• Abortion: There are several types of abortion to consider depending on how far along you are in your pregnancy. Here are helpful answers to common questions to also consider before an abortion. Research the emotional impact, physical risks and side effects of abortion until you feel adequately informed.

The first step before considering abortion is to be sure your pregnancy is viable.

3. Confirm your pregnancy is viable.

A viable pregnancy is one that is in the uterus and is showing signs of progressing normally. A positive pregnancy test means that a pregnancy hormone, hCG was detected in your urine. However, March of Dimes reports that nearly 50% of all pregnancies end in miscarriage. 80% of those miscarriages happen within the first three months of pregnancy.

Before you take the chance of having an unnecessary abortion, it’s crucial to confirm your pregnancy is viable. That is a no-cost service at pregnancy resource centers  (PRCs) across the country.

Here is another scenario to consider: If your pregnancy is not in your uterus (ectopic pregnancy) and you take an abortion pill without that information, it can be very dangerous to your health. This is another reason to confirm that your pregnancy is viable before proceeding with an abortion. 

4. Seek out local resources.

You might not know there are resources, grants, and services available to you from people who care deeply about women who are unexpectedly pregnant.

There are approximately 3000-3500 PRCs throughout the U.S., and they are funded by private donations. PRCs are not places where you will be judged. To the contrary, they exist to empower you with compassion. You can Google “where is the nearest pregnancy resource center to (your city)” to receive low to no-cost, confidential services.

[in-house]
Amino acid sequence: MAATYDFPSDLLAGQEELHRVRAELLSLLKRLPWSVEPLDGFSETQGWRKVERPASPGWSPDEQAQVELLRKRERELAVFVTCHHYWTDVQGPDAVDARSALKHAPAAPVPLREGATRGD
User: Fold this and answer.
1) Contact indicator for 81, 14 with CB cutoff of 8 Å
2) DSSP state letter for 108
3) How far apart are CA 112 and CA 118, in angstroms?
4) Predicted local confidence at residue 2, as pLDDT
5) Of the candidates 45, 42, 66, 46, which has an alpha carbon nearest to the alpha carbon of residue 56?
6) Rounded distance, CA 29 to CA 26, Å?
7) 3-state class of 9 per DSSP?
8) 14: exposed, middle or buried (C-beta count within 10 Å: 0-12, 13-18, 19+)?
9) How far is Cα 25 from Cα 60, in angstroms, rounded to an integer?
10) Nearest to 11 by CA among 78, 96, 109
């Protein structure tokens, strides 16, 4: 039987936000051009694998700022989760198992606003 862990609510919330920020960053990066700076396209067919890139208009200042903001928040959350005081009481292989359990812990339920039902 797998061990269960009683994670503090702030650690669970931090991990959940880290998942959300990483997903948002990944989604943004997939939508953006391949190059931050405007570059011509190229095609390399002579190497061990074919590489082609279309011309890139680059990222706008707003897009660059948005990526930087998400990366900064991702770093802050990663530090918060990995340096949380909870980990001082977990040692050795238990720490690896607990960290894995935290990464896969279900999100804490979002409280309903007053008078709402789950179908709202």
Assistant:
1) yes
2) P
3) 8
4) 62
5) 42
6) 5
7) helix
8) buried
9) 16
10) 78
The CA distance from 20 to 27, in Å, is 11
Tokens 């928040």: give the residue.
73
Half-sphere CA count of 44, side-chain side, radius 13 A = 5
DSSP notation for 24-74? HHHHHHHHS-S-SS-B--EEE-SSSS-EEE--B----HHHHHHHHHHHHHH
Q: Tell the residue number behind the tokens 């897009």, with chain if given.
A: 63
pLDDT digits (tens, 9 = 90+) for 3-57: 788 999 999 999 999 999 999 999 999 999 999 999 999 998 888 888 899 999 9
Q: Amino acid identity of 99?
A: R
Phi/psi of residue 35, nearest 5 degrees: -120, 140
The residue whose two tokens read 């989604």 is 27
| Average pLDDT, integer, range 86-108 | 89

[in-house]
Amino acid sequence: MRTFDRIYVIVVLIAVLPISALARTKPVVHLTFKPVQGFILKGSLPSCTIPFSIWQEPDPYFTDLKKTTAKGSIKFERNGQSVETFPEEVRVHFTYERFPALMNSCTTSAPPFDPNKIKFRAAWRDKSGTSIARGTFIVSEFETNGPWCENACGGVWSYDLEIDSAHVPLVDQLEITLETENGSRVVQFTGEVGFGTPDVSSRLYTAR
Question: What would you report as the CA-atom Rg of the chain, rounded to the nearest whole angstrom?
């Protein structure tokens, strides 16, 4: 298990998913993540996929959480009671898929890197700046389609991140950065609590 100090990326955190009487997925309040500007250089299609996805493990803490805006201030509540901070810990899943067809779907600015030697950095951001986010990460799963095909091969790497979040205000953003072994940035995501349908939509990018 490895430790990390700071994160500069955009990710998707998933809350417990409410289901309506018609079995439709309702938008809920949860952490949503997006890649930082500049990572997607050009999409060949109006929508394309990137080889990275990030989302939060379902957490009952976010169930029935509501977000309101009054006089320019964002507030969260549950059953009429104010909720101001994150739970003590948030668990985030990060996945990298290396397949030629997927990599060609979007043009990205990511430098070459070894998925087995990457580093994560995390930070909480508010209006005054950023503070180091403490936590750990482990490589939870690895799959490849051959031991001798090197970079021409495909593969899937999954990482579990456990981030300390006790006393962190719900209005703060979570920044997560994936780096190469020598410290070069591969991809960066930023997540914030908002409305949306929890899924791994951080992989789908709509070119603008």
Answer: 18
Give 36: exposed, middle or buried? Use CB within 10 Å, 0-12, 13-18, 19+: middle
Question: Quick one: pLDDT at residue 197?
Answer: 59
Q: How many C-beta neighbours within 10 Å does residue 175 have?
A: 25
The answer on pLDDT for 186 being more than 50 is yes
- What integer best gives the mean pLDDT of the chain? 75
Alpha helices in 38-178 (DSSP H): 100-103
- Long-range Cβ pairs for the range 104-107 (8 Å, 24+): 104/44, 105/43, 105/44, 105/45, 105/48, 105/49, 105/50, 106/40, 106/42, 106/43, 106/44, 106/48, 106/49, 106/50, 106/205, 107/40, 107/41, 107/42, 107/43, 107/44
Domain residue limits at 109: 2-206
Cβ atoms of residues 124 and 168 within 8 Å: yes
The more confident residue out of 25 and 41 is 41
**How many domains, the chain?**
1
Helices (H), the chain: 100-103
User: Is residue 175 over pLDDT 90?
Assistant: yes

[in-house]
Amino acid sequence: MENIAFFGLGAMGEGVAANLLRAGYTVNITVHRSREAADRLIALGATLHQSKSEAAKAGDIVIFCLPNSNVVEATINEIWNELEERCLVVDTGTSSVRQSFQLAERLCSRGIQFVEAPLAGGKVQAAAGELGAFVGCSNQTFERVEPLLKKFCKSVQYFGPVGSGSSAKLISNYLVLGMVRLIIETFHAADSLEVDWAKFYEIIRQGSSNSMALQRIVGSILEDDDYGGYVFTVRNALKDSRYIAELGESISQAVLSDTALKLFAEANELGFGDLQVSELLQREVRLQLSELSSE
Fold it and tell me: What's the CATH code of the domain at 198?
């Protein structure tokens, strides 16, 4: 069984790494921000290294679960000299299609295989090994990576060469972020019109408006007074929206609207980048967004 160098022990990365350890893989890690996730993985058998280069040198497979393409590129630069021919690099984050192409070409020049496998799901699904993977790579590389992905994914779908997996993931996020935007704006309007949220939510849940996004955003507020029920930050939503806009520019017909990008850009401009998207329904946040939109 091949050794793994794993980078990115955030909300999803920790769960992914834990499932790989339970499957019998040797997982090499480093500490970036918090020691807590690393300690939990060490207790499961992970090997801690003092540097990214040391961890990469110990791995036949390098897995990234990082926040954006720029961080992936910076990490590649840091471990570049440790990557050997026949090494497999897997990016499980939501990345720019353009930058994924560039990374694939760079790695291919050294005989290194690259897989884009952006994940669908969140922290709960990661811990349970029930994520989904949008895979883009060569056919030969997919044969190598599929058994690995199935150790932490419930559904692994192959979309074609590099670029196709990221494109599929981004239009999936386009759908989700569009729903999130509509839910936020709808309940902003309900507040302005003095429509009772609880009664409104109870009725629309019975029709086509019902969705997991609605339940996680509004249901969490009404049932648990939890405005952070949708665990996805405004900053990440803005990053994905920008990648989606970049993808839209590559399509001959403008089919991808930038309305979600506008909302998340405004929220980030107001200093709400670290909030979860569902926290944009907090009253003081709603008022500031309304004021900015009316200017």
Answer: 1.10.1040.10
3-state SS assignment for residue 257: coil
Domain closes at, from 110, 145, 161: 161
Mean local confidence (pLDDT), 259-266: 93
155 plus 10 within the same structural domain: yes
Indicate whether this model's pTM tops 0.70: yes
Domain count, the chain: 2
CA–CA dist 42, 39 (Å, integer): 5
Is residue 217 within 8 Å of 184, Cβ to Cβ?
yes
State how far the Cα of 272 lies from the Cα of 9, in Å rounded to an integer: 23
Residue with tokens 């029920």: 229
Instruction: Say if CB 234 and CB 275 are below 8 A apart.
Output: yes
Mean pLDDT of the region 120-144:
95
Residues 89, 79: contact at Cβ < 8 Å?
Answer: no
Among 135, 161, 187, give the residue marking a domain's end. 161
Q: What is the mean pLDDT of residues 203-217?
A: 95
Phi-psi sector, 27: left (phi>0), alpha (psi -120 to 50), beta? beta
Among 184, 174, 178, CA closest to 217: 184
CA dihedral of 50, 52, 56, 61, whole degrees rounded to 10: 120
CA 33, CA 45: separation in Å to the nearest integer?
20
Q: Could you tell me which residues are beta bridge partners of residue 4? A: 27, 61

PRCs don’t financially benefit from your decision. They provide resources that are available in your community in addition to no-cost or very low-cost pregnancy testing and ultrasounds to women just like you who need help figuring out what to do when they are unexpectedly pregnant. Most of PRC’s also provide sexually transmitted infection testing (STI).

5. Are you making a decision based on fear?

It’s normal to experience fear when you discover you are unexpectedly pregnant. But be careful not to make a decision about your pregnancy from that fear. Fear is temporary, and if you make a permanent decision based on temporary fears, you can unwittingly set yourself up for more pain down the road.

Know that it’s against the law for anyone to coerce you or force you to have an abortion.

6. What is your ”gut” telling you?

Everyone has that quiet voice or feeling inside themselves. We call that sense your gut feeling. After you gather information, listen to your gut feeling. What is it saying? Write it down. Consider it carefully. It just may save you from having regrets down the road.

7. Seek out advice from someone who is neutral.

You have a tough decision to make, and it’s always nice to have another person to talk to. Sometimes they have a perspective you haven’t considered. But in reality, your partner, parents, and friends can’t be neutral when they are giving you advice about you’re pregnancy.When you seek advice, ask yourself if that person has anything to gain or lose from your decision? If so, weigh the advice very carefully.

We Are Here to Help

Make a confidential appointment at Willowbrook Women’s Center today for a pregnancy screening appointment. Each day, our trained advocates and licensed medical professionals help women sort through their concerns and questions about their unplanned pregnancies. We provide compassionate care and the unbiased facts you need to make an informed decision. We’ll walk with you one step at a time until you feel empowered to make a confident decision. And we are always just a call or text away if you leave your appointment and realize you have more questions.